Louise M. Epstein, 79, philanthropist, musician


Louise M. Epstein, who created a charitable foundation to address educational and philanthropic needs, died of cancer Thursday at the Broadmead retirement community in Cockeysville, where she lived for the past seven years. She was 79.

Born Louise Marietta Tillman in South Bend, Ind., and raised in Vienna on the Eastern Shore, she was a 1942 graduate of Dorchester High School, where she sang soprano in musical comedy productions. She played the piano until her death and sight-read scores, often with friends alongside singing. She attended the University of Kentucky at Bowling Green for a year.

In 1947 on a blind date, she met her future husband, Donald Epstein, who owned an amusement arcade business on 9th Street in downtown Washington. They eloped and drove to Chesterfield, S.C., where they married. She moved with him to Washington, and she did secretarial work and assisted him in running his Playland Arcade, which included a shooting gallery, tattoo shop and pinball machines. They later had other retail ventures.

She lived for some years in Hyattsville and composed popular-style ballads that were occasionally performed at the old Blues Alley club in Georgetown.

About a year after her husband's death in 1988, she established the Donald and Louise Epstein Foundation. Mrs. Epstein made donations to the Salvation Army, the Bolton Street Synagogue, the Village Learning Center in Charles Village, St. Paul's Episcopal Church in Vienna, the United States Holocaust Memorial Museum and the Park School, among other recipients.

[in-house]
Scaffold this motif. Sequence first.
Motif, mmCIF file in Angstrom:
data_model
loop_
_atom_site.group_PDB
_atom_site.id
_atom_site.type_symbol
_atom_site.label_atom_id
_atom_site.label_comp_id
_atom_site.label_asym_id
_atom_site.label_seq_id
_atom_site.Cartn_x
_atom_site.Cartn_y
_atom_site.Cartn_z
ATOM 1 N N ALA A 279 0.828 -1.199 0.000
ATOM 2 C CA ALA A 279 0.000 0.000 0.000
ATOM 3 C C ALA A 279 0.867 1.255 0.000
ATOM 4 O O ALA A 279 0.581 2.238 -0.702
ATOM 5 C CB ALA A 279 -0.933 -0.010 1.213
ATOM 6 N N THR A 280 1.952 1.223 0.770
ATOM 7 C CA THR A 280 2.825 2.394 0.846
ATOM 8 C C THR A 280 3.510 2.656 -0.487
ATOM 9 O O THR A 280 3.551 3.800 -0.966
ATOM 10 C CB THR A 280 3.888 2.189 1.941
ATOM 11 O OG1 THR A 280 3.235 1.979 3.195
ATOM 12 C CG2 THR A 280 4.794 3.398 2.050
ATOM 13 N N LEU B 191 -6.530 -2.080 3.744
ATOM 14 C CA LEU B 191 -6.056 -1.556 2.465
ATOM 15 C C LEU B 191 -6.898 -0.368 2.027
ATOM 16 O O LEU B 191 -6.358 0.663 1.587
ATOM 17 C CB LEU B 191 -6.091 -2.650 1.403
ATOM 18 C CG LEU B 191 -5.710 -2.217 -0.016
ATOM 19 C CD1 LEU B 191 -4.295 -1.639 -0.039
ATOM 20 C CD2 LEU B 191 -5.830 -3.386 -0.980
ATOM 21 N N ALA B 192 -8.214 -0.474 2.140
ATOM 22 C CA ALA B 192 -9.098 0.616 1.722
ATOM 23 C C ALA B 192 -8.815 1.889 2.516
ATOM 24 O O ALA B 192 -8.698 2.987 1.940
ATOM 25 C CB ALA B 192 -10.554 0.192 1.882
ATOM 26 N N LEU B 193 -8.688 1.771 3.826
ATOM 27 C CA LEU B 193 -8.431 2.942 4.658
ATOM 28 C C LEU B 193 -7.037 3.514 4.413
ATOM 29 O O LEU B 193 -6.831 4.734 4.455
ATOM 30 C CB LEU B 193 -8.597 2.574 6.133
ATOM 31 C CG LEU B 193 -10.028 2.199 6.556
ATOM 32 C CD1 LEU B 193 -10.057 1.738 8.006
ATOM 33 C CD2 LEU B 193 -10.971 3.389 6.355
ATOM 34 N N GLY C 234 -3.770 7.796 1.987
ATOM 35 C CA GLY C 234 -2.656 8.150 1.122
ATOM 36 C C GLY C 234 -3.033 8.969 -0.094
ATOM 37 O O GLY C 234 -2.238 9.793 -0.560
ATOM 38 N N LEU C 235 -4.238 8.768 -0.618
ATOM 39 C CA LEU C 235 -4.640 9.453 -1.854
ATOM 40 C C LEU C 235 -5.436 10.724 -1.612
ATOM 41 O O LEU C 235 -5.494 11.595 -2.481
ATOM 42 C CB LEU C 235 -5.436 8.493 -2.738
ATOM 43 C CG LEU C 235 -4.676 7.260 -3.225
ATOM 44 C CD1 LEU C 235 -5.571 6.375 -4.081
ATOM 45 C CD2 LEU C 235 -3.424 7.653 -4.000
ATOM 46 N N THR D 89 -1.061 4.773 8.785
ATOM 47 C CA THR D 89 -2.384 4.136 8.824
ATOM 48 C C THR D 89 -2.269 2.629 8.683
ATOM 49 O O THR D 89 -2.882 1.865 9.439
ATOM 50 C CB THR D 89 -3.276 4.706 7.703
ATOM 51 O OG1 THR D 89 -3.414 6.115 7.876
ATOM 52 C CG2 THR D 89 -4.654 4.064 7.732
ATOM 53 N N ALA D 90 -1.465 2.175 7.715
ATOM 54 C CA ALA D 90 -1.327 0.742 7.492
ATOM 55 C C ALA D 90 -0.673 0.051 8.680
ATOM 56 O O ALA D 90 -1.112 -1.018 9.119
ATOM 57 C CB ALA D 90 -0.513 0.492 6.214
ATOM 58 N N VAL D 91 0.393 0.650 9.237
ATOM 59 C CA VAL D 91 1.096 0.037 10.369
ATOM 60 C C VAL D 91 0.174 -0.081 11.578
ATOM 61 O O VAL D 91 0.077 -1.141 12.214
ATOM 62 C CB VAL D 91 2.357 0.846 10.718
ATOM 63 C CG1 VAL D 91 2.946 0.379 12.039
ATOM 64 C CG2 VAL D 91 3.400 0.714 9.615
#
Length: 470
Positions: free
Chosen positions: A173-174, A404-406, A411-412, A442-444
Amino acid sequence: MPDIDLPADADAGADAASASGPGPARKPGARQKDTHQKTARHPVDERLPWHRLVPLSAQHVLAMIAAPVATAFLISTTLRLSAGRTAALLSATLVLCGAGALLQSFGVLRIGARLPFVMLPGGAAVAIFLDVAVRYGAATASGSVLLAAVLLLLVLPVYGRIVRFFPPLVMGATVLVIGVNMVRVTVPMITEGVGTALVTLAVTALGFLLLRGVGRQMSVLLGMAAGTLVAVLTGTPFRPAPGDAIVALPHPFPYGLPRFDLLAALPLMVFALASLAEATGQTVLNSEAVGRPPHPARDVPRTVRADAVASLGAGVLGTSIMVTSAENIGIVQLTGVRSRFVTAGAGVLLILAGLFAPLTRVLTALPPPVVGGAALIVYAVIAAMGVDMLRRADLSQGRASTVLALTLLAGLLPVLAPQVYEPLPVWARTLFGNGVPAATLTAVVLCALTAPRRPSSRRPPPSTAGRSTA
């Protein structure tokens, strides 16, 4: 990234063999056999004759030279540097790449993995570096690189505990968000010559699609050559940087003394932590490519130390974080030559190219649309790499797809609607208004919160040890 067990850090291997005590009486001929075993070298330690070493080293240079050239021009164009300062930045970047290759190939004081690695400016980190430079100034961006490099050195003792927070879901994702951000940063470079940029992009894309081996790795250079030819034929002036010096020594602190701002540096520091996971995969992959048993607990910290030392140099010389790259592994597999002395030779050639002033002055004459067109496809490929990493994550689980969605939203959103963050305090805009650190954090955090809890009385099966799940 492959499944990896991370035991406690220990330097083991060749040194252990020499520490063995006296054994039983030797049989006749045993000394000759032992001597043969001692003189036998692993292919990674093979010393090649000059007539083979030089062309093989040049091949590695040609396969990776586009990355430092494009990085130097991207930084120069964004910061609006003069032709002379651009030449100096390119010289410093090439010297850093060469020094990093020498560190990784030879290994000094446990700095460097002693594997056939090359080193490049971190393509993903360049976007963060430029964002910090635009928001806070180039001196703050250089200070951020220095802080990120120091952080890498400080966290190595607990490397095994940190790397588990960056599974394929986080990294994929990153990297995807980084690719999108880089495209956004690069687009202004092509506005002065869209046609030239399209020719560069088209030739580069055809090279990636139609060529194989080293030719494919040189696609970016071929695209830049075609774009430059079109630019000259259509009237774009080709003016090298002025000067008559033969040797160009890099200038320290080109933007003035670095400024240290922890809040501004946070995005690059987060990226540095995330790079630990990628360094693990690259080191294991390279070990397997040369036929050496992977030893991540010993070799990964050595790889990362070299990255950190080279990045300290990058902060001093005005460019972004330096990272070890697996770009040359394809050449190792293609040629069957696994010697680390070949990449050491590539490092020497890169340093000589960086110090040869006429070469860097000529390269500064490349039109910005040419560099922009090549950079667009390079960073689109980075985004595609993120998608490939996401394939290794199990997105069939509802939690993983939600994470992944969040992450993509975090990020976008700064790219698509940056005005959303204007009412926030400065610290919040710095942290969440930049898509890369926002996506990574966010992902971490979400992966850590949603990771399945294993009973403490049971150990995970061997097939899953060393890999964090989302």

"The foundation was her idea," said her son, Daniel Mark Epstein of Baltimore, a poet and writer who is the author of several biographies. "My mother was essentially a generous person who had a deep commitment to literacy and education. She herself was a small-town girl who never completed college, but she instilled a deep love of literature in me and I think she wanted to do this for others, too."

Throughout her life, Mrs. Epstein devoted several hours a day to reading. Her son said that she had read the works of Charles Dickens and that one of her favorite novels was Bleak House. She also enjoyed contemporary poetry and novels.

"She was one of my best critics - one of the most widely read individuals I've ever known," her son said. "She would read aloud to me and my sister - big, important books such as David Copperfield. She was an enormous influence and inspiration on everything I've done."

Her daughter, Linda Stevens, who lives in Walpole St. Peter in England, said, "When we were listening to the Beatles or the Rolling Stones, she would want to know why we liked the music. She assimilated the world we were growing up in.

"Conversely, we got to know Frank Sinatra and the Dorseys," Mrs. Stevens said. "It was the natural course of her sharing spirit. She was a totally open person. And it kept her young."

Funeral services will be held at 11 a.m. today at St. Paul's Episcopal Church in Vienna.

In addition to her son and daughter, survivors include a brother, Paul Tillman, and a sister, Harriet Robinson, both of Salisbury; and four grandchildren.


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